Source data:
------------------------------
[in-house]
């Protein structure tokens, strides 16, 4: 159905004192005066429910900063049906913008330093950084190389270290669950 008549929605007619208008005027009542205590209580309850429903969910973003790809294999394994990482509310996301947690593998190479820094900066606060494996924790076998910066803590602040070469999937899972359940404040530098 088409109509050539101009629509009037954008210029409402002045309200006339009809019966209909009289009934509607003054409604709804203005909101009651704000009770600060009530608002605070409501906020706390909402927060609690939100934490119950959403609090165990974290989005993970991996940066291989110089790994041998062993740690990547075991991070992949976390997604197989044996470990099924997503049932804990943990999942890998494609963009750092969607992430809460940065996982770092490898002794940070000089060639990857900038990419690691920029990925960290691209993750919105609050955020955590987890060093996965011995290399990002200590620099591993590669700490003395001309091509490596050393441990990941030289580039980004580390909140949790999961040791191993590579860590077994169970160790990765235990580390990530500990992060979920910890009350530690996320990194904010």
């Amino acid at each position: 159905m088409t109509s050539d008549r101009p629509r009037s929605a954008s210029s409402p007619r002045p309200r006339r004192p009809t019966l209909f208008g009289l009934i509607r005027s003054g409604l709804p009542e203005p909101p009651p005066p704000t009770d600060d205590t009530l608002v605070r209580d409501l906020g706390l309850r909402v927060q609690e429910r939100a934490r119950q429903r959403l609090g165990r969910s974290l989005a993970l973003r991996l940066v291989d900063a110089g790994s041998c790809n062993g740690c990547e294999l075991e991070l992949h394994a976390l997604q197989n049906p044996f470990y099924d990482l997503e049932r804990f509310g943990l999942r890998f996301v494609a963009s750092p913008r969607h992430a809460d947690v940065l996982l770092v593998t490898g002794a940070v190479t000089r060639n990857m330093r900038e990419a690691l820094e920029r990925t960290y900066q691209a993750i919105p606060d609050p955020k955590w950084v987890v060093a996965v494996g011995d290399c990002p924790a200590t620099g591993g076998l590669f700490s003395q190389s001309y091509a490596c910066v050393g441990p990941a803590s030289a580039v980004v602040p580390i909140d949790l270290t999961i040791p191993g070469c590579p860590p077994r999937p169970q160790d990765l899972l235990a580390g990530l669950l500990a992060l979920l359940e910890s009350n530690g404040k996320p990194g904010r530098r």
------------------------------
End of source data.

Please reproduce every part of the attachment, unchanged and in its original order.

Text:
[in-house]
């Protein structure tokens, strides 16, 4: 159905004192005066429910900063049906913008330093950084190389270290669950 008549929605007619208008005027009542205590209580309850429903969910973003790809294999394994990482509310996301947690593998190479820094900066606060494996924790076998910066803590602040070469999937899972359940404040530098 088409109509050539101009629509009037954008210029409402002045309200006339009809019966209909009289009934509607003054409604709804203005909101009651704000009770600060009530608002605070409501906020706390909402927060609690939100934490119950959403609090165990974290989005993970991996940066291989110089790994041998062993740690990547075991991070992949976390997604197989044996470990099924997503049932804990943990999942890998494609963009750092969607992430809460940065996982770092490898002794940070000089060639990857900038990419690691920029990925960290691209993750919105609050955020955590987890060093996965011995290399990002200590620099591993590669700490003395001309091509490596050393441990990941030289580039980004580390909140949790999961040791191993590579860590077994169970160790990765235990580390990530500990992060979920910890009350530690996320990194904010």
């Amino acid at each position: 159905m088409t109509s050539d008549r101009p629509r009037s929605a954008s210029s409402p007619r002045p309200r006339r004192p009809t019966l209909f208008g009289l009934i509607r005027s003054g409604l709804p009542e203005p909101p009651p005066p704000t009770d600060d205590t009530l608002v605070r209580d409501l906020g706390l309850r909402v927060q609690e429910r939100a934490r119950q429903r959403l609090g165990r969910s974290l989005a993970l973003r991996l940066v291989d900063a110089g790994s041998c790809n062993g740690c990547e294999l075991e991070l992949h394994a976390l997604q197989n049906p044996f470990y099924d990482l997503e049932r804990f509310g943990l999942r890998f996301v494609a963009s750092p913008r969607h992430a809460d947690v940065l996982l770092v593998t490898g002794a940070v190479t000089r060639n990857m330093r900038e990419a690691l820094e920029r990925t960290y900066q691209a993750i919105p606060d609050p955020k955590w950084v987890v060093a996965v494996g011995d290399c990002p924790a200590t620099g591993g076998l590669f700490s003395q190389s001309y091509a490596c910066v050393g441990p990941a803590s030289a580039v980004v602040p580390i909140d949790l270290t999961i040791p191993g070469c590579p860590p077994r999937p169970q160790d990765l899972l235990a580390g990530l669950l500990a992060l979920l359940e910890s009350n530690g404040k996320p990194g904010r530098r």